Major General Lachlan Macquarie, CB was a British Army officer and colonial administrator from Scotland. Macquarie served as the fifth and last autocratic Governor of New South Wales from 1810 to 1821, and had a leading role in the social, economic, and architectural development of the colony. He is considered by historians to have had a crucial influence on the transition of New South Wales from a penal colony to a free settlement and therefore to have played a major role in the shaping of Australian society in the early nineteenth century. In 1816 Macquarie gave orders that led to the Appin Massacre of Gundungurra and Dharawal people.
D'Arcy Wentworth was an Irish surgeon, the first paying passenger to arrive in the new colony of New South Wales. He served under the first seven governors of the Colony, and from 1810 to 1821, he was great assistant to Governor Lachlan Macquarie. Wentworth led a campaign for the rights and recognition of emancipists and for trial by jury.
William Redfern was an English-raised surgeon in early colonial Australia who was transported to New South Wales as a convict for his role in the Mutiny on the Nore. He is widely regarded as the “father of Australian medicine“.
Mary Reibey née Haydock was an English-born merchant, shipowner and trader who was transported to Australia as a convict. After gaining her freedom, she was viewed by her contemporaries as a community role model and became legendary as a successful businesswoman in the colony.
William Hutchinson was a British convict who was transported to the Australian colonies, ultimately to become a successful public servant and businessman.
John Thomas Bigge was an English judge and royal commissioner.
Between 1788 and 1868, about 162,000 convicts were transported from Britain and Ireland to various penal colonies in Australia.
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Henry Kable, born in Laxfield, Suffolk, England, was an Englishman transported to Australia in the First Fleet and became a prominent business man.
Archibald Clunes Innes (1799–1857) was a soldier and pastoralist from Thrumster, Caithness, Scotland. When he arrived in Australia in 1822 he was a captain in the Third Regiment (Buffs), on the ship Eliza, in charge of 170 convicts.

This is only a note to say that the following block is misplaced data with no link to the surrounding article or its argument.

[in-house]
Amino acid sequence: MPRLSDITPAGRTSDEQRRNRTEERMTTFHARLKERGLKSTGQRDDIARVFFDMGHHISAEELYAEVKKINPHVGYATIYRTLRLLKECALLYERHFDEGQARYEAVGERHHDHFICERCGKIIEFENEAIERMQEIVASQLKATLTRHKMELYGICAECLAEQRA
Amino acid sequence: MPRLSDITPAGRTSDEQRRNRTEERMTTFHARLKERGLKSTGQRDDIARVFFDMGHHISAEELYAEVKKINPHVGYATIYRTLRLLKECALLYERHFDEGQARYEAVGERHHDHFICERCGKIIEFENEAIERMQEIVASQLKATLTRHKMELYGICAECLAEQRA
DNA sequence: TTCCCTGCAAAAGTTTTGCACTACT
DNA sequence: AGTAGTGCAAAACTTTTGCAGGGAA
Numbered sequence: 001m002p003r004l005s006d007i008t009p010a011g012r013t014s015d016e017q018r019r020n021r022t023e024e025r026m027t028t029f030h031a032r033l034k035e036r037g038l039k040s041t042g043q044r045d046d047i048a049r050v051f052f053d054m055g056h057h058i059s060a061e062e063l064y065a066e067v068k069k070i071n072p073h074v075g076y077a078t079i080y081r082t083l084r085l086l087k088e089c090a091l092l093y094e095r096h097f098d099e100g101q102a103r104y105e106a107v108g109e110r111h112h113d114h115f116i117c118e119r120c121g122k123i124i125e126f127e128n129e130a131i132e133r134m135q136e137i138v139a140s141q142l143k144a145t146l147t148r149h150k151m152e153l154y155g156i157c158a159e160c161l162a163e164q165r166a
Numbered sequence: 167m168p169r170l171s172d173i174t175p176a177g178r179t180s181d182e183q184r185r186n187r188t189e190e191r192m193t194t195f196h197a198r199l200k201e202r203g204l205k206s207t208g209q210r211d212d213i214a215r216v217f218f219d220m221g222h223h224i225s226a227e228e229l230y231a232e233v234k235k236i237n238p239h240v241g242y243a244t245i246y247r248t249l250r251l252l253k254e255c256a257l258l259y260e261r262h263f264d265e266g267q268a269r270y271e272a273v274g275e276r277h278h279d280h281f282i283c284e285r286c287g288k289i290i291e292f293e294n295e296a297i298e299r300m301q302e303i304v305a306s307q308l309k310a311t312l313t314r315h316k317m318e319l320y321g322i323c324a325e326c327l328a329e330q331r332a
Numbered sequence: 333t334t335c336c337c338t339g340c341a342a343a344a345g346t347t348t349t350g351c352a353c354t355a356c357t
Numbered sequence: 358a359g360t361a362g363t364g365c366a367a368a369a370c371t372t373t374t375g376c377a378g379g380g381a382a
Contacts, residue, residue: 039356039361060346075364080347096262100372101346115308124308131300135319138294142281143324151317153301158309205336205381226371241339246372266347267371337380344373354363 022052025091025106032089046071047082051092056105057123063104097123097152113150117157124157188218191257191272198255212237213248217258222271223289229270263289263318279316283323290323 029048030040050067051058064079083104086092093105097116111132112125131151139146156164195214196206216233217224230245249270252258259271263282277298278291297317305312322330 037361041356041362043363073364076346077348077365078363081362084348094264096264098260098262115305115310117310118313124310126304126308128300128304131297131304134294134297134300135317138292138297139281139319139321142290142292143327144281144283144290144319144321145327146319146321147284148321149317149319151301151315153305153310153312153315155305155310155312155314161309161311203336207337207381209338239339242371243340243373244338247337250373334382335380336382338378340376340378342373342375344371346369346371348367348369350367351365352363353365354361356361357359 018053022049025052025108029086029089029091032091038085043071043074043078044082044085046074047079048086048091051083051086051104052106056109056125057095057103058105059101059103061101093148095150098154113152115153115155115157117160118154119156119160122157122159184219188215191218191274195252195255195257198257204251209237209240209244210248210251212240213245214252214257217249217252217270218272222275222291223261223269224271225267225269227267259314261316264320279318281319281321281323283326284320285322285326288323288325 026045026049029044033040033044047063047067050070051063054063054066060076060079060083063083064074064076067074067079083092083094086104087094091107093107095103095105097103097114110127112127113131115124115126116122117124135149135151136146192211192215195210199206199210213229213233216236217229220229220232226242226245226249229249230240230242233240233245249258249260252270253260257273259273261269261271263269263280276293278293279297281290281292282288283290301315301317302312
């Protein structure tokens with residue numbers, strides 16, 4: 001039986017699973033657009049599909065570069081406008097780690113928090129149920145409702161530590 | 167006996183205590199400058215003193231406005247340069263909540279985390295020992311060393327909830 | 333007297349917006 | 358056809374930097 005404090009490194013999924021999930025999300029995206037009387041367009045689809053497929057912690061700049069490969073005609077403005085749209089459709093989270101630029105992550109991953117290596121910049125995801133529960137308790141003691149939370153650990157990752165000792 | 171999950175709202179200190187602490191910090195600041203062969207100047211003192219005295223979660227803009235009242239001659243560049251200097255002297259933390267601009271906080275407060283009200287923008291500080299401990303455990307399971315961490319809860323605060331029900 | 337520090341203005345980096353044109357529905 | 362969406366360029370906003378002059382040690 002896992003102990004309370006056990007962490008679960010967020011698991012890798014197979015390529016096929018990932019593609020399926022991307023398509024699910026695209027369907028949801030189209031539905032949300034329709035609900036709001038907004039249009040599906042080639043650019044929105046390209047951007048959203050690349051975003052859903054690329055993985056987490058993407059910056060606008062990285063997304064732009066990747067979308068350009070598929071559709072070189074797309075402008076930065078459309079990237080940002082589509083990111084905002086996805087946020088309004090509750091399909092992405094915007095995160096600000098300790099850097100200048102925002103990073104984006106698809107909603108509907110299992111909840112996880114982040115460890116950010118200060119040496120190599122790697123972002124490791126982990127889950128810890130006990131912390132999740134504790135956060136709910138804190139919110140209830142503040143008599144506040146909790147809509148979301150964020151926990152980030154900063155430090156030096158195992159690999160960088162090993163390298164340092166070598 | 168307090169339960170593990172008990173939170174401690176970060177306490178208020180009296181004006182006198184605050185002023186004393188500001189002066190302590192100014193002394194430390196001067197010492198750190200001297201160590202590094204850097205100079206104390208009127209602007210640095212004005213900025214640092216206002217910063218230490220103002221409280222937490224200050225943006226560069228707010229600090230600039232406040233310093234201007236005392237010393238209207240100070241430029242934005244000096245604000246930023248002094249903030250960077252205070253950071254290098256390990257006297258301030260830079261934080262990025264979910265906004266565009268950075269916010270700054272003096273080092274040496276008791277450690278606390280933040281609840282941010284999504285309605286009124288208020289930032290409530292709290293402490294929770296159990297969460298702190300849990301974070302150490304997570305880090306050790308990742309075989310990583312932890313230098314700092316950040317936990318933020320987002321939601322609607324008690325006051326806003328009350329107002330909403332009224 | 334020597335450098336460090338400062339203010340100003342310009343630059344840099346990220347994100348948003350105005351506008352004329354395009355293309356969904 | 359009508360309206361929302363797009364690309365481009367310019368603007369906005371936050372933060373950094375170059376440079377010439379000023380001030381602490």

Jean Charles Prosper de Mestre, known as Prosper de Mestre, was a French-born prominent businessman in Sydney from 1818 until near his death in 1844. He was a "citizen of the world", who played an important role in the development of commerce and banking in the English Colony of New South Wales. He became a successful merchant and business leader in Sydney. In 1825 he became the second person to be naturalised in the Colony. In addition to being one of the early directors of the Bank of New South Wales, he was also a founder of the local insurance industry, a member of the committee of the Agricultural Society of New South Wales, and became involved in importing, shipping and whaling. There are numerous references to his business activities in the Colonial Secretary's Papers of the day.
Mary Ann de Mestre (1801–1861) was the wife of Prosper de Mestre (1789–1844) a prominent French-Australian Sydney businessman in the early 19th century; and the mother of Etienne Livingstone de Mestre (1832–1916) the trainer of the racehorse Archer who won the first and second Melbourne Cups in 1861 and 1862, and the foremost Australian horse trainer of his era. It was on her 1,300-acre (5.3 km2) property of "Terara" on the Shoalhaven River near Nowra on the South Coast of New South Wales that Etienne established a horse stud, stable and racecourse.
Mary Lord nee Hyde was an English Australian woman who in the period 1855 to 1859 sued the Commissioners of the City of Sydney and won compensation for the sum of over £15,600 for the inundation of her property at Botany.
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Francis Lord was an Australian politician.